Without power to run water treatment plants, city and state officials across Texas are pleading with residents to conserve water and are issuing boil-water notices.
The warnings not to consume water out of the tap began in many places as early as Monday, but as of Wednesday night many municipalities had expanded those orders as the state grapples with the ongoing weather, energy and water crises that have placed unprecedented strain on the state’s entire power grid.
“As of noon today, there were 332 local water systems reporting impacts in 110 counties across the state, 276 issued boil water notices,” Toby Baker, who heads the Texas Commission on Environmental Quality, said during a Wednesday press briefing, NPR member station KERA reported.
That means about 7 million people in Texas, including residents of Houston, Arlington, Fort Worth and Tyler, need to boil their water to ensure it’s safe to drink.
“The water pressure is below levels that are required by the Texas Commission on Environmental Quality, TCEQ, and that water pressure maintains optimal safety for the water,” LouAnn Campbell, a public information officer for Public Works and Utilities with the City of Tyler, said Wednesday.
She added: “We can’t meet that pressure, so that’s why we have to have a boil water notice.”
Austin Water, which operates that city’s water and wastewater utility, is trying to avoid a citywide boil warning, though it did issue a notice to some parts of the city “as a precautionary measure.”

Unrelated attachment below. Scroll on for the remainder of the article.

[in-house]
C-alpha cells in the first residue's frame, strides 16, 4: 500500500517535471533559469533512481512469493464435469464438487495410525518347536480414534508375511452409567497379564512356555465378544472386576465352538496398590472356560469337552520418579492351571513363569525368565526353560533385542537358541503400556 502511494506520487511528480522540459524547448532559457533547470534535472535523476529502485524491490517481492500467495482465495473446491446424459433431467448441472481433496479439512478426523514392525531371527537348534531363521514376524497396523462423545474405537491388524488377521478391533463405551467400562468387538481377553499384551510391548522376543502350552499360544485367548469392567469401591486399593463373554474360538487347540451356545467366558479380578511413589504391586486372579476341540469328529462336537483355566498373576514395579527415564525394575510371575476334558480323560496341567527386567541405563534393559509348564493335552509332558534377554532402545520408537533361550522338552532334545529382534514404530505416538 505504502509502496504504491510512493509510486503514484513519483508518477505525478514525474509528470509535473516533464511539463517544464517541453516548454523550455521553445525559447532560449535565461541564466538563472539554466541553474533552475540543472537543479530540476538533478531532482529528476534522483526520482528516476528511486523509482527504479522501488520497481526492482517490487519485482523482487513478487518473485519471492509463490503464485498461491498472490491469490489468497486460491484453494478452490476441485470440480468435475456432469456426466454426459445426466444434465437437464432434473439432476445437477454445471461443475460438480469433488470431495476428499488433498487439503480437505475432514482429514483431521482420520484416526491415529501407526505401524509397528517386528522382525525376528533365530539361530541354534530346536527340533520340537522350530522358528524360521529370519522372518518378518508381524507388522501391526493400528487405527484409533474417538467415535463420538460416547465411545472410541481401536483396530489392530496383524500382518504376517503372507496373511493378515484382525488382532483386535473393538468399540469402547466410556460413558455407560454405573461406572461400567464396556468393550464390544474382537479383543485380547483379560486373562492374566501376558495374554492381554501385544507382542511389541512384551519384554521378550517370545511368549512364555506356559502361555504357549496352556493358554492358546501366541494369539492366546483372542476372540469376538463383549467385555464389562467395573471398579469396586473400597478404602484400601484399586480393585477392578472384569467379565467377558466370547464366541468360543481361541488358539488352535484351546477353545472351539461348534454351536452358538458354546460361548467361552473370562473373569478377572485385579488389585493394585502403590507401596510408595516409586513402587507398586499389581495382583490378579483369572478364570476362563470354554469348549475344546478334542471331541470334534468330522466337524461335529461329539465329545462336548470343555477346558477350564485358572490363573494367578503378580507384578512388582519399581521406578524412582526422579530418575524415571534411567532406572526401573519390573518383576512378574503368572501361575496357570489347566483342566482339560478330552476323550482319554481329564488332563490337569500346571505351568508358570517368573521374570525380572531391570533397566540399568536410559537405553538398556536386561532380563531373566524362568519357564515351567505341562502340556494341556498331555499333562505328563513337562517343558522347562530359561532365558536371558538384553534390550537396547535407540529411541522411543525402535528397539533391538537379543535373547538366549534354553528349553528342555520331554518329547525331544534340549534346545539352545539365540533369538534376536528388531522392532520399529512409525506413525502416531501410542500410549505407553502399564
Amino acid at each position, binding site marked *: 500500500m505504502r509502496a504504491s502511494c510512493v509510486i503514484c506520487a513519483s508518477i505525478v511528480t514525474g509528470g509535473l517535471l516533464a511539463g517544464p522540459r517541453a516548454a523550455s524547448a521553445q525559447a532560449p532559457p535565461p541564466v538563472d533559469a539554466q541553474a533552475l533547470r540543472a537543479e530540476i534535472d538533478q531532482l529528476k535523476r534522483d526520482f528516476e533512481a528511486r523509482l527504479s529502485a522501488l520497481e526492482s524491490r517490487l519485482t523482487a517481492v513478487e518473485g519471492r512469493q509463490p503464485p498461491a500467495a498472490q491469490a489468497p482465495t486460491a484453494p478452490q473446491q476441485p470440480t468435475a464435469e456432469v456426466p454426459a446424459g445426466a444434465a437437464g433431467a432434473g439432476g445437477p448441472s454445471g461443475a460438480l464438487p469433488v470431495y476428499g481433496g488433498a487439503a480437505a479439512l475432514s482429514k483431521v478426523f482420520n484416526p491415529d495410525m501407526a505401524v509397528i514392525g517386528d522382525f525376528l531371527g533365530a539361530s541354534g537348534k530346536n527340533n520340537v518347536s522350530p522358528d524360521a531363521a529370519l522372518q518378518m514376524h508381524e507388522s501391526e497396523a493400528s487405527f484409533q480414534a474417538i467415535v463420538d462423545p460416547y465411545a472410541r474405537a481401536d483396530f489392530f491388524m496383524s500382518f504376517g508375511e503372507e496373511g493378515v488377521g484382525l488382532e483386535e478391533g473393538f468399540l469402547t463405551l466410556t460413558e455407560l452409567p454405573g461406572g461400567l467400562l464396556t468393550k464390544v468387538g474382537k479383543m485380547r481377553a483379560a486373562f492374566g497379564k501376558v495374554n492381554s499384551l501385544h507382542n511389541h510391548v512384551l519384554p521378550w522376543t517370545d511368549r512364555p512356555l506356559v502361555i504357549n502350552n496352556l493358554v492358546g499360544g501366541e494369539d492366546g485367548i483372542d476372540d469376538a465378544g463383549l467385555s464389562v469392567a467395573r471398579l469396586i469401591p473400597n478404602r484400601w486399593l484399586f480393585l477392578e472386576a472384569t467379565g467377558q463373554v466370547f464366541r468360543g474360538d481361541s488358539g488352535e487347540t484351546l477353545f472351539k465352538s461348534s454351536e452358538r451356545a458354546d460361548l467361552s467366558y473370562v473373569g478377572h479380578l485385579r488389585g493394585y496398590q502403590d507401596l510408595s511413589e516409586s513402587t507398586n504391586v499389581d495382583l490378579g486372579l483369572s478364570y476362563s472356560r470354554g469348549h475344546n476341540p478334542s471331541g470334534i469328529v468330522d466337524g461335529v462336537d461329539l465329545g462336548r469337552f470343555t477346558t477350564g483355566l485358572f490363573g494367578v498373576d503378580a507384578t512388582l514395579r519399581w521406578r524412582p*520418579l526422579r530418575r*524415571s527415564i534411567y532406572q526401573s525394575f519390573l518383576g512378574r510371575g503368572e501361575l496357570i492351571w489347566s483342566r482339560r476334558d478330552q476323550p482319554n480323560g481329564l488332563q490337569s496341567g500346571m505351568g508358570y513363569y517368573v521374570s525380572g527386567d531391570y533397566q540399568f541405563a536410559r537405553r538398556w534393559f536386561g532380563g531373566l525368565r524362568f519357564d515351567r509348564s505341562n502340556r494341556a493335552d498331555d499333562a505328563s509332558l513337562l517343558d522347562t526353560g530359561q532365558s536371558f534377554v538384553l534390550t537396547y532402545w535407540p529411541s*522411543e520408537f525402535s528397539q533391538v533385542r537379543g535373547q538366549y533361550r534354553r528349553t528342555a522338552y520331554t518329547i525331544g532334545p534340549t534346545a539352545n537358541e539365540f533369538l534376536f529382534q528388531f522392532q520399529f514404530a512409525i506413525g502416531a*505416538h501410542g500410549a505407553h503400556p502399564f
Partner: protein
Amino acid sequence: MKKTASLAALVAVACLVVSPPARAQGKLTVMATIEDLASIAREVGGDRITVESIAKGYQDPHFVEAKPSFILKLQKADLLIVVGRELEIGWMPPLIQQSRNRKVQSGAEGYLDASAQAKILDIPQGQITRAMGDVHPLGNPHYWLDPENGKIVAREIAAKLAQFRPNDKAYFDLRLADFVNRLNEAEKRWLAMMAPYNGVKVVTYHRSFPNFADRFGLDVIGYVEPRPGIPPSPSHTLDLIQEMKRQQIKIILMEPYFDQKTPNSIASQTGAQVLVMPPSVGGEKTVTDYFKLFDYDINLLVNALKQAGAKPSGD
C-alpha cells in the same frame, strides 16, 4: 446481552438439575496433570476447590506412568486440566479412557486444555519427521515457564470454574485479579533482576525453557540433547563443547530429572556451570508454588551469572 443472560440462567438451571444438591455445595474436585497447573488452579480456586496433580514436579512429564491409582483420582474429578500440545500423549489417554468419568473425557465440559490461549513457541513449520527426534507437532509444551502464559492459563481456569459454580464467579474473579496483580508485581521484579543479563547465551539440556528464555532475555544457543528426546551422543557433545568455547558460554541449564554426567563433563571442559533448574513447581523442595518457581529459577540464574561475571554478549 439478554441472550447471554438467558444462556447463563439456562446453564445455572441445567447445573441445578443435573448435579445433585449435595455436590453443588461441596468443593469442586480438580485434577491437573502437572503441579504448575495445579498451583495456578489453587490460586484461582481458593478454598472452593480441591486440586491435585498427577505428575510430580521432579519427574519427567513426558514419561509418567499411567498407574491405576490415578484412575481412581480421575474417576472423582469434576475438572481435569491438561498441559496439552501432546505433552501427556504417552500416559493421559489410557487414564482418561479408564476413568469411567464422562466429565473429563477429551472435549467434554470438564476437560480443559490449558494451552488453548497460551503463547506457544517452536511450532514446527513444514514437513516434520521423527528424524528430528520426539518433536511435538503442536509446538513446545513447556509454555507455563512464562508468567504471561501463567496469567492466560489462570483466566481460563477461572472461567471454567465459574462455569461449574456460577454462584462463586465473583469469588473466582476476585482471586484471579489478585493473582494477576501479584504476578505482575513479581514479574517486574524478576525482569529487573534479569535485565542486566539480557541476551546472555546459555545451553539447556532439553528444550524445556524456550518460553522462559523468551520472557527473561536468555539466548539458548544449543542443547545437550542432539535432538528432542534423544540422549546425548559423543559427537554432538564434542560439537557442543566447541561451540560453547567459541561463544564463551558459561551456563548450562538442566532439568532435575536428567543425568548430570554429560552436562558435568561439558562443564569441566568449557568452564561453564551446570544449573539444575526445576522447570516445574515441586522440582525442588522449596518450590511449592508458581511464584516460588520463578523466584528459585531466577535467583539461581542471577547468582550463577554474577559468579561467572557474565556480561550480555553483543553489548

In a tweet, Austin Water said the utility company “has not detected contaminants in the water we are providing.”
Some customers in south Austin complained they had lost all water access. One woman tweeted her frustration to the company, writing, ” Customers in this area have been without water for up to 13 hours already and austin water won’t seem to acknowledge this.”
Another man wrote, “No water at all – would like some communication as to why the water is completely shut off for south/ southwest Austin?”
Meanwhile, Austin Water is requiring mandatory conservation measures and urging residents to limit water use to essential needs. It’s also provided an instructional video for residents on how to properly make the water safe to drink or cook.
In San Antonio, officials have made boiling water a voluntary measure that is expected to be in effect for several days.
As Texas Public Radio reports, “The notice comes as residents across San Antonio experience frozen pipes, lack of water pressure, and overall service outages.”
While much of the city still has drinkable water running through its pipes there are some areas that have low pressure — making the water unsafe — or lost service, according to San Antonio Water System.
SAWS officials said problems with power outages will likely continue through Saturday.
But even after normal power levels are restored, customers should expect problems with water pressure to continue, Steve Clouse, SAWS’s chief operating officer said on Wednesday.